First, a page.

When we see American Indian arts and crafts behind glass in a museum, the items sometimes seem like poignant relics of an earlier time. But the same skills that enabled American Indians to weave colorful Navajo rugs and intricate Hopi jewelry centuries ago have been handed down through generations.
In fact, says expert and author Theda Bassman, American Indian arts and crafts are flourishing like never before and have actually become much finer, in part because consumers are demanding better quality.
On Sunday at 2 p.m., Bassman will speak on the "Inspired Artistry of Southwest Indian Cultures" at the Southwest Museum in Highland Park. She will highlight the tribal arts of the Navajo, Hopi, Zuni and Santa Clara pueblos using slides and artifacts to illustrate her comments.
"American Indian art has changed very greatly in the past two or three decades; that's why we bring in talks like this," said museum director Jerome Selmer.
The day offers a rare opportunity to see both past and present examples of American Indian arts and crafts. Bassman, the author of "Hopi Kachina Dolls and Their Carvers," will focus on contemporary art, including how rugs, pottery, jewelry and Kachina dolls are made.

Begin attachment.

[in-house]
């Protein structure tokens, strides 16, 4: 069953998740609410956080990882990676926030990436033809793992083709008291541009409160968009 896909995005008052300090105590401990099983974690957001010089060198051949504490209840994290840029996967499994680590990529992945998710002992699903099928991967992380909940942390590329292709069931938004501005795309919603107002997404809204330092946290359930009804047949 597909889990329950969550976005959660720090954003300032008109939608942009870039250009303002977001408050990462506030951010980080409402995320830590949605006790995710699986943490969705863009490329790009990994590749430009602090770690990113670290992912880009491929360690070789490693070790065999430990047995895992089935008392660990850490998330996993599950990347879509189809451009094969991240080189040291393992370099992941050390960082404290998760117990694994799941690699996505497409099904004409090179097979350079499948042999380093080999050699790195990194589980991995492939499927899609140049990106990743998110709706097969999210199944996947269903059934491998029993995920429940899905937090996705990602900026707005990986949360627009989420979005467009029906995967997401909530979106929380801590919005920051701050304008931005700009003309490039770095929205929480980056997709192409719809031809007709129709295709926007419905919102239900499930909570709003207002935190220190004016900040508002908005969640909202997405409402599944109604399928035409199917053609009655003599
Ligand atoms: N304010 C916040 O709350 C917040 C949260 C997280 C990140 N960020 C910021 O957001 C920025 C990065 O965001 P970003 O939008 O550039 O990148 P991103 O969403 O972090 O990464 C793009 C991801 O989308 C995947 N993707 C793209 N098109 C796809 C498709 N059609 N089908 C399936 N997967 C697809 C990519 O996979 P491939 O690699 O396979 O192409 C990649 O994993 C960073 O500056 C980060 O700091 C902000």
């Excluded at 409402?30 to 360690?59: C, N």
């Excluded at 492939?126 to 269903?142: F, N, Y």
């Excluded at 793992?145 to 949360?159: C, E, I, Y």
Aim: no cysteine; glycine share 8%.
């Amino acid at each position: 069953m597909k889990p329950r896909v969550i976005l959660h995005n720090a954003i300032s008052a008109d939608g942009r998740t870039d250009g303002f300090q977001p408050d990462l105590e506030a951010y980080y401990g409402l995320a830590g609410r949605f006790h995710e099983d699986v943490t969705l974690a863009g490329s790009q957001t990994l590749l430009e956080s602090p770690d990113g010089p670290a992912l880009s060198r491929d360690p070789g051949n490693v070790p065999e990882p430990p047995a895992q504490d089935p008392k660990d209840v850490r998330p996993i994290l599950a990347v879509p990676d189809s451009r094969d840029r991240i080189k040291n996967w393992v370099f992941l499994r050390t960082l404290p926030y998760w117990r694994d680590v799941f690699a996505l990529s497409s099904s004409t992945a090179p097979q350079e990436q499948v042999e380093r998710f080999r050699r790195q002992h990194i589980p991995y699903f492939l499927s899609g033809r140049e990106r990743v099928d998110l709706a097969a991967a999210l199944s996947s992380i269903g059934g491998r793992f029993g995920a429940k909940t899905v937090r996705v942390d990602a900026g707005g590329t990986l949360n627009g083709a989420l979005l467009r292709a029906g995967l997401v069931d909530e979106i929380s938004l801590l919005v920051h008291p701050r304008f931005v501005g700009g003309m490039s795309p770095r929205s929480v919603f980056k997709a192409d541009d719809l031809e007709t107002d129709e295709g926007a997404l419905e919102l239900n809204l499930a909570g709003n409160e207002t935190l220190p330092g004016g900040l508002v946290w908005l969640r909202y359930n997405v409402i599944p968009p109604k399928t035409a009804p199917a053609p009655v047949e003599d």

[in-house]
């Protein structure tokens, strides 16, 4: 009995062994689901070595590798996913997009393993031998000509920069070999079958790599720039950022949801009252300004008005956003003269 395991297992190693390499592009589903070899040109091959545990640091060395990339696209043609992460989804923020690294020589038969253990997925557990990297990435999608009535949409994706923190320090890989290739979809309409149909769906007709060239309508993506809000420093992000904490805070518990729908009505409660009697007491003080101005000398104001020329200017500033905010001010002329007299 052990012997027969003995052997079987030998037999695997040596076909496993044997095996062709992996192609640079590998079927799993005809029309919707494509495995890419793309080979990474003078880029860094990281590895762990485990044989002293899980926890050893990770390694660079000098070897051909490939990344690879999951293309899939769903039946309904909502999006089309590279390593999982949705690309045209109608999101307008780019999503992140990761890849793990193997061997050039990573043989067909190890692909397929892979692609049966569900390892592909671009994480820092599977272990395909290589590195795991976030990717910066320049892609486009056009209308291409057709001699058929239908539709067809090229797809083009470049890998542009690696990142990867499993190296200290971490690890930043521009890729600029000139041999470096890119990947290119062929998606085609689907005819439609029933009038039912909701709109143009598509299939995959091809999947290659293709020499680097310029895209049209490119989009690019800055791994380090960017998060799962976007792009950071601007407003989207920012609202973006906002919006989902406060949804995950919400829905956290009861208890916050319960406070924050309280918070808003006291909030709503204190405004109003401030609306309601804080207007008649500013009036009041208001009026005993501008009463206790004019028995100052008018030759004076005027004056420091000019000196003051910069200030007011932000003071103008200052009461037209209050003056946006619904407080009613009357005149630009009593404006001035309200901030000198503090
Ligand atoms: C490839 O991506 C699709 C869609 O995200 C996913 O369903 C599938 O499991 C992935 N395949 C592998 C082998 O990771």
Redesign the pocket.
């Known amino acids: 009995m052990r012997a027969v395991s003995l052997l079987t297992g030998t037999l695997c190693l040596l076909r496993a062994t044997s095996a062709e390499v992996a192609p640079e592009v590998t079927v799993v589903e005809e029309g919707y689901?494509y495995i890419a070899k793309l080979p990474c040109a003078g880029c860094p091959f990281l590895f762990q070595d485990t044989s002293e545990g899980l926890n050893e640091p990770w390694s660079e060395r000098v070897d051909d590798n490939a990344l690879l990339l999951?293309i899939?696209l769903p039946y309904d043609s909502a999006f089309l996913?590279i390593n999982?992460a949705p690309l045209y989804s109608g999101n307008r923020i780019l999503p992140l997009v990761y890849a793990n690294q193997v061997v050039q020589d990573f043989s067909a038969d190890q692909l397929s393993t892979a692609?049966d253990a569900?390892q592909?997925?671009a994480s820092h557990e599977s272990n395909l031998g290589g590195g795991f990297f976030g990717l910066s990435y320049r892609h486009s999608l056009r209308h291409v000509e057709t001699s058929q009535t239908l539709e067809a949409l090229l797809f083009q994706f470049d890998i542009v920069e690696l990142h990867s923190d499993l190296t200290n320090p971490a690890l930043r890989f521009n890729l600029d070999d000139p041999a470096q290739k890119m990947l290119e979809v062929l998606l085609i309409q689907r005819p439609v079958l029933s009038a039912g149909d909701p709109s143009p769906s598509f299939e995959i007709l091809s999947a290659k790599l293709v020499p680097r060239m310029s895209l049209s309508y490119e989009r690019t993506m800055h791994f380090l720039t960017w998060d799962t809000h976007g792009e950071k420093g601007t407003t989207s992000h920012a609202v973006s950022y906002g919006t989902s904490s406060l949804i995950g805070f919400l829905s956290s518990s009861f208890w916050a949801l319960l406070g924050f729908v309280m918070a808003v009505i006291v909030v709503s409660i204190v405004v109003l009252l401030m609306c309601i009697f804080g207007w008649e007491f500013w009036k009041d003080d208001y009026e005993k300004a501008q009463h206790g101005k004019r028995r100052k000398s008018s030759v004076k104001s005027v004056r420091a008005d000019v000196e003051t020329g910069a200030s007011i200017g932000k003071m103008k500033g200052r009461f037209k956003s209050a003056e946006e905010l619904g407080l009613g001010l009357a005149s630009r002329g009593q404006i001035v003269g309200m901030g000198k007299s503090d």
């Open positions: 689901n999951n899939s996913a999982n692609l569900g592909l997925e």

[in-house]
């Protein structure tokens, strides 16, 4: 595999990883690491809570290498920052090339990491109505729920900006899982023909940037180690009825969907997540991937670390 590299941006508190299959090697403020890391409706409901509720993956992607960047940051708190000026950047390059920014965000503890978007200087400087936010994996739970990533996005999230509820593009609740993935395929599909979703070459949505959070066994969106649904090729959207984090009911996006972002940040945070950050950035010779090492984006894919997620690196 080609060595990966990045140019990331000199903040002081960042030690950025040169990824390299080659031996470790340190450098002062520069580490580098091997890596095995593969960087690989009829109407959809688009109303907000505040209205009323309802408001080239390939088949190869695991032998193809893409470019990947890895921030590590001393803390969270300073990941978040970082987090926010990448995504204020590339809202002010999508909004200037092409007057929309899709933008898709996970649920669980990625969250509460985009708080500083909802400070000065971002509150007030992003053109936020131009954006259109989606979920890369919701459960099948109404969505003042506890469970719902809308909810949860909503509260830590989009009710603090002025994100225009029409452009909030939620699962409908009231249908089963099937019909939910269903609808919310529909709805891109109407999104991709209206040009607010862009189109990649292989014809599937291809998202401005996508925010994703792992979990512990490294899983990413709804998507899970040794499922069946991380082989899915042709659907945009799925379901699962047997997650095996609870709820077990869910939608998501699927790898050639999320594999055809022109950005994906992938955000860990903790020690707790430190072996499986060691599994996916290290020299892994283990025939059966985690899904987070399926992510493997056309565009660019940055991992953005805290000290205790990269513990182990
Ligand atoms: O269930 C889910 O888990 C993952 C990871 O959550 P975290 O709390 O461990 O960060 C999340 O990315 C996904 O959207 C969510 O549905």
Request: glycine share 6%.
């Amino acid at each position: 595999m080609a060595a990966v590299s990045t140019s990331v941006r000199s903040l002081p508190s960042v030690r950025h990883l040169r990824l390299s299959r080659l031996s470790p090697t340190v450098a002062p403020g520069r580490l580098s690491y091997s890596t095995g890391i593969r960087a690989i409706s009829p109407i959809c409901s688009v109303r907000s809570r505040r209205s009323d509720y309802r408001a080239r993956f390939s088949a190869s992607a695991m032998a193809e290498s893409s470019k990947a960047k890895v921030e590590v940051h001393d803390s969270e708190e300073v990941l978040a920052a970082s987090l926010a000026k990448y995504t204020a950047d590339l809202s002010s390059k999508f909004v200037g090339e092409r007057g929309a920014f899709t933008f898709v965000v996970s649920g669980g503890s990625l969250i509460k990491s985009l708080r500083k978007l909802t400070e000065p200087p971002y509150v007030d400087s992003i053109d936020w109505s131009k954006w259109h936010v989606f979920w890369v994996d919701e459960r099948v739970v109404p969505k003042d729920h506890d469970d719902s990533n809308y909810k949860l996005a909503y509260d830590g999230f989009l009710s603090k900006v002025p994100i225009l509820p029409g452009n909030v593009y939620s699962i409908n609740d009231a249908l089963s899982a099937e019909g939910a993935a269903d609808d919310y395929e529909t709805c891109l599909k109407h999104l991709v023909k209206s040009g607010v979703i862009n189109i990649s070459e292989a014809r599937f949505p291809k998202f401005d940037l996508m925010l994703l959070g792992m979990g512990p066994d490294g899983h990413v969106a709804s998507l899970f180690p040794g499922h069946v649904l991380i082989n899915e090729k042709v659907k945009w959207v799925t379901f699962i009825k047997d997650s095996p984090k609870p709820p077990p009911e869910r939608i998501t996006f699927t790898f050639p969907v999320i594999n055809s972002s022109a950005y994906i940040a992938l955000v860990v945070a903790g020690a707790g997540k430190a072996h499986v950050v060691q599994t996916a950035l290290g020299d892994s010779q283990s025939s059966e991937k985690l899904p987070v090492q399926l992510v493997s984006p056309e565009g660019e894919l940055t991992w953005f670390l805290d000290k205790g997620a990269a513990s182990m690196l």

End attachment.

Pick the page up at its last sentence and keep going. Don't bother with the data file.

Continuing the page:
Bassman became interested in American Indian art in the 1950s. "I was a backpacker, which led to river running, which led to Arizona and the Hopi Indians," she said. She opened a retail store, The Indian and I, in Beverly Hills in 1972. She retired from the store in 1977 and now lives in Palm Desert with her husband.
Reservations are required for the talk and can be made by calling (213) 221-2164. The $5 price does not include museum admission. The Southwest Museum is on the corner of Marmion Way and Museum Drive in Highland Park.